However, none of these scenes are my favourite of the episode.
That award goes to the scene where we get to see Ozymandias’ play.
This moment proves to be the most confusing yet interesting scene in the show so far, with his production of Dr Manhattan’s transformation being particularly disturbing and also somewhat comical.
We watch as he literally burns his assistant Mr Phillips to death to simulate Dr Manhattan’s transformation, upon which it is revealed that all of his assistants are clones.

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Watching Ozymandias burn one of his clone servants to death, only for the next clone to eagerly take their place, is both disturbing and oddly comedic.

Why Ozymandias has all these clones and what exactly he intends to achieve by making this play for himself is uncertain.
One thing is clear, though, and that is that he has been deeply affected by his last meeting with Dr Manhattan, remembering his last words to him before he departed, “nothing ever ends.”
I am probably looking forwards to Ozymandias’ scenes the most in future episodes as Jeremy Irons is doing a great job.
Other notable scenes in this episode include the discovery that Crawford may have been in the Ku Klux Klan, and the touching moment where Looking Glass reveals that, despite seeming completely cold, he is actually crying under his mask.
Overall, I would say that “Martial Feats of Comanche Horsemanship” is another great episode of Watchmen that, while not as enjoyable as the first episode, deepens the mystery and creates more interesting questions for the show to answer.
Let’s just hope those answers will be satisfying.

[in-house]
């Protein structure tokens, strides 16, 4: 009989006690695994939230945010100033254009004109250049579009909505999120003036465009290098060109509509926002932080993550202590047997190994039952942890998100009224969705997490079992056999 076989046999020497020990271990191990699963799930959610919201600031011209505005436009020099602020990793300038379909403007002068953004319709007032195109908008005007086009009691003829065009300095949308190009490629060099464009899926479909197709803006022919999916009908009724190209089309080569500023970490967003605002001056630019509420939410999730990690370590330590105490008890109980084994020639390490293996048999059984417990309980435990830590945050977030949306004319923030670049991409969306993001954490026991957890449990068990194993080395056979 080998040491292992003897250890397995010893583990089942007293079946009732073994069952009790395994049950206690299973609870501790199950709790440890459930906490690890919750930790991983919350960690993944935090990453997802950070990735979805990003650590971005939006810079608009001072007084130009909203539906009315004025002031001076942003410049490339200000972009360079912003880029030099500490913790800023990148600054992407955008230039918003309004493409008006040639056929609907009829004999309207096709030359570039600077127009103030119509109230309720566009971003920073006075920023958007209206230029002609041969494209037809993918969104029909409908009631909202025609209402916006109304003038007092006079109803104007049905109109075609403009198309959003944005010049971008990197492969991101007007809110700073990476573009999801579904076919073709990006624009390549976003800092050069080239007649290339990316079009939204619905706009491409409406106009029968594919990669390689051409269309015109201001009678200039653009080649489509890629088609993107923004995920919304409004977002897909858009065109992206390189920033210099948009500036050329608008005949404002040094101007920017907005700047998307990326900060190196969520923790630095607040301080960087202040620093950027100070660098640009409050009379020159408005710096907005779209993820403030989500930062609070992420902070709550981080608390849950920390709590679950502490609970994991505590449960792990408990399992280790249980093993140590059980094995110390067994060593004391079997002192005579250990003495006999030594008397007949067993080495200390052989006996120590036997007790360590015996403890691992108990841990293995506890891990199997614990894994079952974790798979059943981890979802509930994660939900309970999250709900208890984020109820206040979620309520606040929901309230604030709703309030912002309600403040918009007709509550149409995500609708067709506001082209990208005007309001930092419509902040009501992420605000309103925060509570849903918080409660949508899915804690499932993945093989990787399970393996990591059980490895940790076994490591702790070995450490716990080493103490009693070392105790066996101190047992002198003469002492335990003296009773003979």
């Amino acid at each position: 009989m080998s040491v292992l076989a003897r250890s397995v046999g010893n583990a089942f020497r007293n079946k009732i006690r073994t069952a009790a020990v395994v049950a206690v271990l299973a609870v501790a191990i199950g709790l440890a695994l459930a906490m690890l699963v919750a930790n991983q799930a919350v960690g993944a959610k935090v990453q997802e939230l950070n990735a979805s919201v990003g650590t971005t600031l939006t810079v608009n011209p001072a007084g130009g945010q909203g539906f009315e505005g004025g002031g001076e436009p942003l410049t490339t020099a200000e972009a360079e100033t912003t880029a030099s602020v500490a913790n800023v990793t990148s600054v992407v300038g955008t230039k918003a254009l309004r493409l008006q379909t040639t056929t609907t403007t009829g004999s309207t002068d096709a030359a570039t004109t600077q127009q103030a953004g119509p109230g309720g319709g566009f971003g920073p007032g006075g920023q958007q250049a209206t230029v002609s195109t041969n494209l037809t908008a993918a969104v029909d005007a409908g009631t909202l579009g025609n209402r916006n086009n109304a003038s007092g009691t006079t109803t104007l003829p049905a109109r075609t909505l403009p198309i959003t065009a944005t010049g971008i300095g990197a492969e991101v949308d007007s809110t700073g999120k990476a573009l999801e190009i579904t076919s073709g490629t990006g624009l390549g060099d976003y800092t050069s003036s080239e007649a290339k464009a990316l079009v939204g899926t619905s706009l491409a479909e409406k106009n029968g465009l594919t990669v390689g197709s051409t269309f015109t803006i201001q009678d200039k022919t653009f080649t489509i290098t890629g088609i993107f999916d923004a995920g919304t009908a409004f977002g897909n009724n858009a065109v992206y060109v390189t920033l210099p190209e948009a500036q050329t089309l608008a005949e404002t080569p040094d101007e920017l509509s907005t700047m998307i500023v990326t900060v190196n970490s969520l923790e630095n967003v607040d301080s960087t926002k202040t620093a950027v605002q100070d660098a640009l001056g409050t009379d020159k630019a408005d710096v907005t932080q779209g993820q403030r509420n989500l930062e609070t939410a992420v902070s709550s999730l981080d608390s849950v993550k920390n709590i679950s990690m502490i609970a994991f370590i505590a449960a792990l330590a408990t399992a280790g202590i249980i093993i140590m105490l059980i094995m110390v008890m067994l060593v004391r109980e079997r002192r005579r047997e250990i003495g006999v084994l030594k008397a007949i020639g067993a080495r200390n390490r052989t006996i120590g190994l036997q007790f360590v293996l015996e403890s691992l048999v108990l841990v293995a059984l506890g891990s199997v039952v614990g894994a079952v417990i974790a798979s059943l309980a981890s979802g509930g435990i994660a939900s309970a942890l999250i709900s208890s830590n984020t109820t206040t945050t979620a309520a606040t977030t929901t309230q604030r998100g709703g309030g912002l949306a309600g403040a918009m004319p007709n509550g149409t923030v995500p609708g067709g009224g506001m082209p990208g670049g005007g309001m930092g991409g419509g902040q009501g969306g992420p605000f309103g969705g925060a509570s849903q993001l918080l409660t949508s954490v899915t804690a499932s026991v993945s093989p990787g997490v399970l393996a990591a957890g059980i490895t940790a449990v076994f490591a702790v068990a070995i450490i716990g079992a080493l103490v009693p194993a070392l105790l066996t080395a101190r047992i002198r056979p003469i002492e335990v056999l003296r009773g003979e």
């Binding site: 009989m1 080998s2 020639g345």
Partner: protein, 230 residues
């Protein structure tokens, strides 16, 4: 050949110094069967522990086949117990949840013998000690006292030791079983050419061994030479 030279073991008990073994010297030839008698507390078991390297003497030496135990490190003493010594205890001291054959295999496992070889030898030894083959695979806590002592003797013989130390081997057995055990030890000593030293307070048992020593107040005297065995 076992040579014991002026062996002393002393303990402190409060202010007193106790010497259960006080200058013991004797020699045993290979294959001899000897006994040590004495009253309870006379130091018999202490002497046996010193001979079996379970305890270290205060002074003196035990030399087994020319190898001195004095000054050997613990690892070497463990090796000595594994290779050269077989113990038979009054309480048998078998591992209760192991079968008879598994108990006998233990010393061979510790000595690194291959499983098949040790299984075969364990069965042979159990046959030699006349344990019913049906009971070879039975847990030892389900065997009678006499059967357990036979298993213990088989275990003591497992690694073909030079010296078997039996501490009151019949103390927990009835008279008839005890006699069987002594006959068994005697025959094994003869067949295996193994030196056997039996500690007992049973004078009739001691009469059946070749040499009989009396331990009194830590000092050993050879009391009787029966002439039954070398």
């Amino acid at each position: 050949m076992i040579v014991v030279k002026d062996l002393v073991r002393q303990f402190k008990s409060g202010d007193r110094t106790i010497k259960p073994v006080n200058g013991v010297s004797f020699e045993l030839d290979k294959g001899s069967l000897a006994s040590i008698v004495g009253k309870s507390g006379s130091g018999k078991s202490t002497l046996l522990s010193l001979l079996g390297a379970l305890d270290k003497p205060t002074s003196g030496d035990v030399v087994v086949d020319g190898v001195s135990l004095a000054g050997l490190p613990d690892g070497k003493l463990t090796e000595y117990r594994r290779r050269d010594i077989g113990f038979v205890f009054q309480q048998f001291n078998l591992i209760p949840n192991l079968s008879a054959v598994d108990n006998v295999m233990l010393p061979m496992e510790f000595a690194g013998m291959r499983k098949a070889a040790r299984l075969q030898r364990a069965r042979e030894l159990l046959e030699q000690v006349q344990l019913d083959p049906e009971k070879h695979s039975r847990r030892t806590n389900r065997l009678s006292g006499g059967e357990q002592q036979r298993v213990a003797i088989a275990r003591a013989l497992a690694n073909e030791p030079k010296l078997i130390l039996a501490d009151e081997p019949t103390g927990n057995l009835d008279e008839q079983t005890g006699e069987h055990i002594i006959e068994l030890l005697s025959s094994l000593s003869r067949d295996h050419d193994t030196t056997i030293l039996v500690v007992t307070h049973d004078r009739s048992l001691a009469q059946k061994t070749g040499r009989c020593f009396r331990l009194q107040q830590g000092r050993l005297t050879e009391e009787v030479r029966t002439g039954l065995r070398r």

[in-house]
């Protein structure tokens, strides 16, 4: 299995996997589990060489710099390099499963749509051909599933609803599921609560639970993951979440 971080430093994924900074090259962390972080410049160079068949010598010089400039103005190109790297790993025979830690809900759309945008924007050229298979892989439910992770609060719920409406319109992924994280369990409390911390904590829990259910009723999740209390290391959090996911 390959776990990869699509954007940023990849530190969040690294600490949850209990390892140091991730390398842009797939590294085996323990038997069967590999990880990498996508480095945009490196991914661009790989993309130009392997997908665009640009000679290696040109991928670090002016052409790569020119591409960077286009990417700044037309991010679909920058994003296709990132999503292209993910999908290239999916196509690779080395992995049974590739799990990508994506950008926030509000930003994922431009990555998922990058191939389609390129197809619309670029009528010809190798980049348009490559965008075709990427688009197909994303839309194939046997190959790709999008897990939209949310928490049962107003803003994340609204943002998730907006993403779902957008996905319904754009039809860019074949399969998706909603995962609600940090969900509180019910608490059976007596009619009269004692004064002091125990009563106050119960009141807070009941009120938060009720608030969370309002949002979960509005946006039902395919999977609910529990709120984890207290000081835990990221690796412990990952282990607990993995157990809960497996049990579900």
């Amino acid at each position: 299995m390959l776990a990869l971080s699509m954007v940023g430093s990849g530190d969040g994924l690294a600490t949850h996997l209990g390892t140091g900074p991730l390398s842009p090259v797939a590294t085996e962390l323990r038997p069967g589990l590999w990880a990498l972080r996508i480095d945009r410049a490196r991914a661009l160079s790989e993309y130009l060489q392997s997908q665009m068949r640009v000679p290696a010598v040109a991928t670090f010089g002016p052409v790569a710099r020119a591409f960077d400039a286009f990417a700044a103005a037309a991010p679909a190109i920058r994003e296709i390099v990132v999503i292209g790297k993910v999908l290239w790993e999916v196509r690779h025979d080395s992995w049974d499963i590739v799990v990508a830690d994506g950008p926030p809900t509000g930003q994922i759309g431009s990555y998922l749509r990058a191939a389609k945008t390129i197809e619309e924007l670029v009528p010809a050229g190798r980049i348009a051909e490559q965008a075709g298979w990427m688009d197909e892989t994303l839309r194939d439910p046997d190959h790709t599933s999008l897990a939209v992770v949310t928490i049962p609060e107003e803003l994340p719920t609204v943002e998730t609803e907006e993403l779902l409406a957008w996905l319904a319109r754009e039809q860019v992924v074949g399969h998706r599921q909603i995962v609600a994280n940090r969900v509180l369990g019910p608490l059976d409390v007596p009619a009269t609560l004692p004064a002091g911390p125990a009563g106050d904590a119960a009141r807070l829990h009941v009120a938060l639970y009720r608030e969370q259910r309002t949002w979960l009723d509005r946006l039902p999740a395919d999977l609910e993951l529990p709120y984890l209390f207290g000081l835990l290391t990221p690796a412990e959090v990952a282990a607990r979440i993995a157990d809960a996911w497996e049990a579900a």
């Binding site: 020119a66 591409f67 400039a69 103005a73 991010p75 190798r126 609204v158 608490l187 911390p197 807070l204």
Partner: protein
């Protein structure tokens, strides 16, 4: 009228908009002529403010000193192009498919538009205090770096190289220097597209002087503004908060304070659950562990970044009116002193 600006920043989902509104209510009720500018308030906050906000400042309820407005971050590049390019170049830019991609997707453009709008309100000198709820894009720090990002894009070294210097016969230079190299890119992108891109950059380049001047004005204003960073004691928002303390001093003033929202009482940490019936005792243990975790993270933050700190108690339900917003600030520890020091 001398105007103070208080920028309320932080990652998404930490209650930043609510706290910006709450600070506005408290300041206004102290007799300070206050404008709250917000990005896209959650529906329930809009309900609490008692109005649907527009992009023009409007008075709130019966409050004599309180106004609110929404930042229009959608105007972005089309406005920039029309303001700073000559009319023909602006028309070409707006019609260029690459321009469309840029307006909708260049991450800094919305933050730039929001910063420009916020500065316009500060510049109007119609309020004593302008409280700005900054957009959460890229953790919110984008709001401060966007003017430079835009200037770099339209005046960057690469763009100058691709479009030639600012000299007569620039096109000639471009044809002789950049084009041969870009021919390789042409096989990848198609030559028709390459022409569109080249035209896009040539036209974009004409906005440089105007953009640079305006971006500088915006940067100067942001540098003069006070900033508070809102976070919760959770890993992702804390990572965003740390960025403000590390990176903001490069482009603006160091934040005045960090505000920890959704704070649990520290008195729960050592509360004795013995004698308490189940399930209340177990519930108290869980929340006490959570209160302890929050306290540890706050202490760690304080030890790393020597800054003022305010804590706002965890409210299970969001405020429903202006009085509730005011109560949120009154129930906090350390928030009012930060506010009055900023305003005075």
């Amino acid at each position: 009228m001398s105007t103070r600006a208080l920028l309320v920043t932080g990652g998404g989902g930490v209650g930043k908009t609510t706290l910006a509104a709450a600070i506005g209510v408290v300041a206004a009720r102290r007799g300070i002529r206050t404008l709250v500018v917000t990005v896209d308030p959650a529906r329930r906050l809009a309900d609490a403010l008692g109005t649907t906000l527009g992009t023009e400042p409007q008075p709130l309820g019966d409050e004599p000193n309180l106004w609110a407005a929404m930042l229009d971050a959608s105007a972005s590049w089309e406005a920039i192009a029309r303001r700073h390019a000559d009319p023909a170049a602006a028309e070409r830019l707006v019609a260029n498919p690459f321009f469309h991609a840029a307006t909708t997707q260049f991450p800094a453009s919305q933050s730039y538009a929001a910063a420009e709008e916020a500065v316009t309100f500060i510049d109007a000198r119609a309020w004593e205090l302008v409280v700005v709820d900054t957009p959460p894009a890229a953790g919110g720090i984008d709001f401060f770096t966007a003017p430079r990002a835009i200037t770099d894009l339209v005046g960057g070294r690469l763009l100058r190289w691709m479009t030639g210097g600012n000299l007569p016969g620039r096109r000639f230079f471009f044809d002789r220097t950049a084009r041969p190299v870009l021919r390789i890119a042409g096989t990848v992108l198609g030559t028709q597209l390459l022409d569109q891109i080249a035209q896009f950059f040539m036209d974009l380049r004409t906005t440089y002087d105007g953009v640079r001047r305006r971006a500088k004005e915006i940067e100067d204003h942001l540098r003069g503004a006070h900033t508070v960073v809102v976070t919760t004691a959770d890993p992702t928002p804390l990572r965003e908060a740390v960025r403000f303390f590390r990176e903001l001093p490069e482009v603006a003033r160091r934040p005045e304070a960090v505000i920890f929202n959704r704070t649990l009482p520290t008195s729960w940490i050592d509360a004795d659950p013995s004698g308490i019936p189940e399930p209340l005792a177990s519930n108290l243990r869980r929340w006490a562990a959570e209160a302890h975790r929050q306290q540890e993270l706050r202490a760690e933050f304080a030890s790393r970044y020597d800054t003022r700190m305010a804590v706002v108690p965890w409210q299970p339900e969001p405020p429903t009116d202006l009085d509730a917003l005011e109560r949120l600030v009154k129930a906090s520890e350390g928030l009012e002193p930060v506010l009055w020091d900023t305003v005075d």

My Hero Academia Season Four, Episode Two, Overhaul Review: Bloody Beginning, Hilarious Ending.

4 and a half stars
Well, it’s fair to say that season four of My Hero Academia has officially begun with its second episode, “Overhaul.”
The first episode of the season, “The Scoop on U.A Class 1-A”, was little more than filler designed to catch viewers up on the story so far.
“Overhaul” continues that story, delivering a great episode that has an intense beginning and a gut-bustingly funny ending.
After reading the events of the beginning in the manga, I could not wait to see it animated and it did not disappoint.
The new villain Overhaul’s meeting with the League of Villains sets him up magnificently as the big bad of this arc, with his charismatic personality, intelligence, and threat level.
Both the sub and dub voice actors, Kenjirô Tsuda and Kellen Goff, do an amazing job at voicing the character.
Instead of joining the League like Shigaraki expects, Overhaul instead criticizes him, pointing out all the mistakes he has made, and suggests he becomes their new leader because he has an actual plan.
However, this does not go over well for the rest of the League with Magne (or Big Sis Mag) attacking him.
This ends poorly for her, with Overhaul revealing his quirk by blowing her upper torso to bloody pieces.